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In a much-anticipated move, ShoreTel announced they are releasing a cloud-based version of their ShoreTel Mobility product through its M5 cloud division. ShoreTel picked up the Mobility product with the acquisition of Agito Networks in late 2010, and the cloud business with the acquisition of M5 earlier this year.
The initial offering appears to be considerably more limited than the premises version. The cloud offering will support only iPhones initially. Though they plan to add Android and BlackBerry support over the summer. Other feature enhancements are planned as well.
Given the limitations placed on developers in the iOS platform, full integration with the native dialer is essentially impossible on the iPhone. The ShoreTel application appears as a separate phone icon on the screen but with an orange rather than a green background. Once opened, it mimics the iPhone dialer but with separate contact icons for the local versus the corporate directories. The corporate directory doesn’t provide presence status though the company plans to add it at a future date. Outbound mobile calls (Wi-Fi or cellular ) are routed to the cloud-based IP PBX that in turn places an outbound call to the destination party. The user’s desk number is sent on the caller ID thereby keeping the cellular number hidden. That can be an advantage in BYOD environments where a user can keep their personal number and use the desk number for business calls.
Incoming calls ring to the user’s desk and to the mobile. If the user is within range of an available Wi-Fi network the mobile call is delivered over that; if the user is out of Wi-Fi range, the call is delivered over the cellular network. The solution also has the ability to transparently hand off in-progress calls between the two networks. The advantage there is that calls routed over the Wi-Fi connection are not charged against the user’s cellular plan minutes.
In describing the capabilities, Keith Nealon, ShoreTel’s Division VP, Revenue, stressed the logical user interface. If the user is in Wi-Fi mode and dials a four-digit extension number but the software recognizes a weak Wi-Fi signal, it will automatically switch to cellular and send the full 10-digit number.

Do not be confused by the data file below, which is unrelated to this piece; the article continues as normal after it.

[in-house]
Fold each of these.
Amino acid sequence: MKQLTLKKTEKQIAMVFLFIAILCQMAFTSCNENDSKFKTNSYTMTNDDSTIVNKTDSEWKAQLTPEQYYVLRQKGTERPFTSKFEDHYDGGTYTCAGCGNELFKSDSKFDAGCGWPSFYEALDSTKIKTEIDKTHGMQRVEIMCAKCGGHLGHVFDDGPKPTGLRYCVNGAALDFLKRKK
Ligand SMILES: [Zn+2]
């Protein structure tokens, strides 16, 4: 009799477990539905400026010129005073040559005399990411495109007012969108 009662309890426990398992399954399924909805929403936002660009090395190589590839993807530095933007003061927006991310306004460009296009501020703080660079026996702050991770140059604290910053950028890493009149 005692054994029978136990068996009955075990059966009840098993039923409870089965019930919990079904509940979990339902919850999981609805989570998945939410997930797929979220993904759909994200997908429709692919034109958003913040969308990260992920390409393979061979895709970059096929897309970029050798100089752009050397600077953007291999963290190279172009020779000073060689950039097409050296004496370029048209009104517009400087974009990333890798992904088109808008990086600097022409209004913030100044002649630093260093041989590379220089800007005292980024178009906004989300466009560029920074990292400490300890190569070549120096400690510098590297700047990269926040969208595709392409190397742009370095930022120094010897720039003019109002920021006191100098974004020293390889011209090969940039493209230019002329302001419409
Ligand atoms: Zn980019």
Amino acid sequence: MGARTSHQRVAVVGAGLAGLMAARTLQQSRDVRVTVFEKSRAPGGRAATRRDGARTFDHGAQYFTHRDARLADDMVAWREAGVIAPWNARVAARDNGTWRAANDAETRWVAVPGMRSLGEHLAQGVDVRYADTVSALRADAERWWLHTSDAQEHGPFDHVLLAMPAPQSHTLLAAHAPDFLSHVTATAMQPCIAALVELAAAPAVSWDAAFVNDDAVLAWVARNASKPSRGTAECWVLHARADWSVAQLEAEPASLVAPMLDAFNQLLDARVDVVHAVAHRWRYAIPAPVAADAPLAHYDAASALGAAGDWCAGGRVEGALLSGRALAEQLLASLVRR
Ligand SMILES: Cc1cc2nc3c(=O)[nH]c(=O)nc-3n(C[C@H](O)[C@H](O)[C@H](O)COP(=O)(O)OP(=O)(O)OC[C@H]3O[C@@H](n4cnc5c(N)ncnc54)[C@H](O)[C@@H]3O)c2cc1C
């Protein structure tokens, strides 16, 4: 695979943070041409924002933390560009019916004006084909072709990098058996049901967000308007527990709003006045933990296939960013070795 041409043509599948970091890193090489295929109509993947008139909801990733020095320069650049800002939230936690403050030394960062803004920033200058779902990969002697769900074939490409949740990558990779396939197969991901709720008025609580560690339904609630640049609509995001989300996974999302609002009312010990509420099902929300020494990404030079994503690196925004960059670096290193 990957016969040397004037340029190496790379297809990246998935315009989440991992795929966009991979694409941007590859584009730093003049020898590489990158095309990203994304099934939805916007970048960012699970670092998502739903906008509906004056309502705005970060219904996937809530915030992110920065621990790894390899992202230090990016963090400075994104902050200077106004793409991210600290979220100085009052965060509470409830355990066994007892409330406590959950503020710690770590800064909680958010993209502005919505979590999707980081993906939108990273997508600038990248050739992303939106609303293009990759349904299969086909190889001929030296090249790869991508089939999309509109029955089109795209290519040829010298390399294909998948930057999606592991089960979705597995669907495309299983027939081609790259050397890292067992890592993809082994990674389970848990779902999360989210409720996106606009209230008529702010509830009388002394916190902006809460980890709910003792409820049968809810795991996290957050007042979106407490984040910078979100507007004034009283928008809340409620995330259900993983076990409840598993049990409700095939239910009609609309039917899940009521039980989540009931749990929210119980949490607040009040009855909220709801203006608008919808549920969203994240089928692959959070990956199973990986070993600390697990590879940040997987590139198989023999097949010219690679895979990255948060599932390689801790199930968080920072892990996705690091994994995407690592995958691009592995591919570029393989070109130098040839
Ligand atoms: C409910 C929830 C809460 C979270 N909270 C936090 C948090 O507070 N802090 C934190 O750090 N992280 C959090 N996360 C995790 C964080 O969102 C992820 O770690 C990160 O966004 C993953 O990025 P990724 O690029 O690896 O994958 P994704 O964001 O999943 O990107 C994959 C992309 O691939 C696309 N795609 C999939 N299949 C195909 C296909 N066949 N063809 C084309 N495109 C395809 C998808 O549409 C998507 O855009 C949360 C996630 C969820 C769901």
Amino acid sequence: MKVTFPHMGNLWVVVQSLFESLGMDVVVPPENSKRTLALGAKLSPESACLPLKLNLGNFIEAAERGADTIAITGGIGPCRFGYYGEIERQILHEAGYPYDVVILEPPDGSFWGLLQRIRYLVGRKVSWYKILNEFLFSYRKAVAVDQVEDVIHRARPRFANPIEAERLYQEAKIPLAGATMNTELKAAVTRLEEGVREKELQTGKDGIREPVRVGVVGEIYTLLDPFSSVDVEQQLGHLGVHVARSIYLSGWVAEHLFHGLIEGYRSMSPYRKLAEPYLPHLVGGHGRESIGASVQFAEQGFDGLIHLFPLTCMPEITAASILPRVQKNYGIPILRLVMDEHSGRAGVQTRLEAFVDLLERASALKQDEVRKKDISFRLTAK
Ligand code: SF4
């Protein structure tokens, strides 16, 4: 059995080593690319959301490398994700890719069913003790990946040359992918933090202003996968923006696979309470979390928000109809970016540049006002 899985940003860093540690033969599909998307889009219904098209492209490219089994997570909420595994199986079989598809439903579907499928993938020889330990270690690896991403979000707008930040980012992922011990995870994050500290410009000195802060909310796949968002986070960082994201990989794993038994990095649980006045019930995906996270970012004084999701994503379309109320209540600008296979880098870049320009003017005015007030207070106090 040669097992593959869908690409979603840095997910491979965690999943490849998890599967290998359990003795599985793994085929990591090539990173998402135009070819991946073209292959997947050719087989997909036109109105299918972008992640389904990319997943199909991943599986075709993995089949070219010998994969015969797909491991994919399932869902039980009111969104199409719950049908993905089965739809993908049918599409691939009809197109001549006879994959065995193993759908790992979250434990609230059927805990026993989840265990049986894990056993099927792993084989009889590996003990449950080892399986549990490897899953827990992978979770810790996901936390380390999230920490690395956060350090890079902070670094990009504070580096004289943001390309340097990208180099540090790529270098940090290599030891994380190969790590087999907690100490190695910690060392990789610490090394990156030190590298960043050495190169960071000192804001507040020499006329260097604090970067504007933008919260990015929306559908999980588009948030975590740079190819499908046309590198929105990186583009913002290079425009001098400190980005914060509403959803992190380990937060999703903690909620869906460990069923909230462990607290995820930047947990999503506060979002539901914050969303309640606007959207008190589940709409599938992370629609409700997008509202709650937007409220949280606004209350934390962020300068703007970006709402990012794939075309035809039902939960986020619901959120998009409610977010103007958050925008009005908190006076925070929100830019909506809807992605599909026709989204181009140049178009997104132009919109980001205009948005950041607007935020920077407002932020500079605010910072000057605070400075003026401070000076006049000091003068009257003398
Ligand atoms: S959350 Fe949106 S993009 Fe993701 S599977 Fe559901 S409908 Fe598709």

Mr. Nealon also referenced a couple of new customers for ShoreTel Mobility including Foursquare and Amnesty International; a speaker from Amnesty actually spoke at ShoreTel’s press event.
Dual mode Wi-Fi cellular systems have been around for years, but never seem to advance beyond niche status. One of the pioneers, DiVitas Networks, has ceased operations; Siemens has dropped its dual mode Mobile Connect product, though NEC still offers its uMobility dual mode solution provided by its partner Varaha. AT&T is also offering the ShoreTel Mobility product under the name Dual Mode Mobile Voice (DMMV).
The need to have a separate dialer to use these dual mode systems has been a real impediment to acceptance; users like the way their phones work and value that more than the extra features they get from something like ShoreTel Mobility. Also, the solution requires a voice-capable wireless LAN and most users, rightly or wrongly, assume their WLAN networks aren’t capable of supporting voice. In reality, any Wi-Fi network can support voice, the real question is “How many simultaneous voice calls per access point can it support?” However, the discussion typically doesn’t get that far because the folks who manage the cellular services have nothing to do with the folks in charge of wireless LANs and vice versa.
So at least we have another option for dual mode fixed mobile convergence, but I’m not so sure that the challenges that have plagued these offerings in the past have been overcome.
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Communications Integrated to Optimize Business Processes.
UC integrates real-time and non-real time communications with business processes and requirements.
Uses presence capabilities for coordination, and presents a consistent unified user interface and experience across multiple devices and media types.
Learn more at What is Unified Communications all about?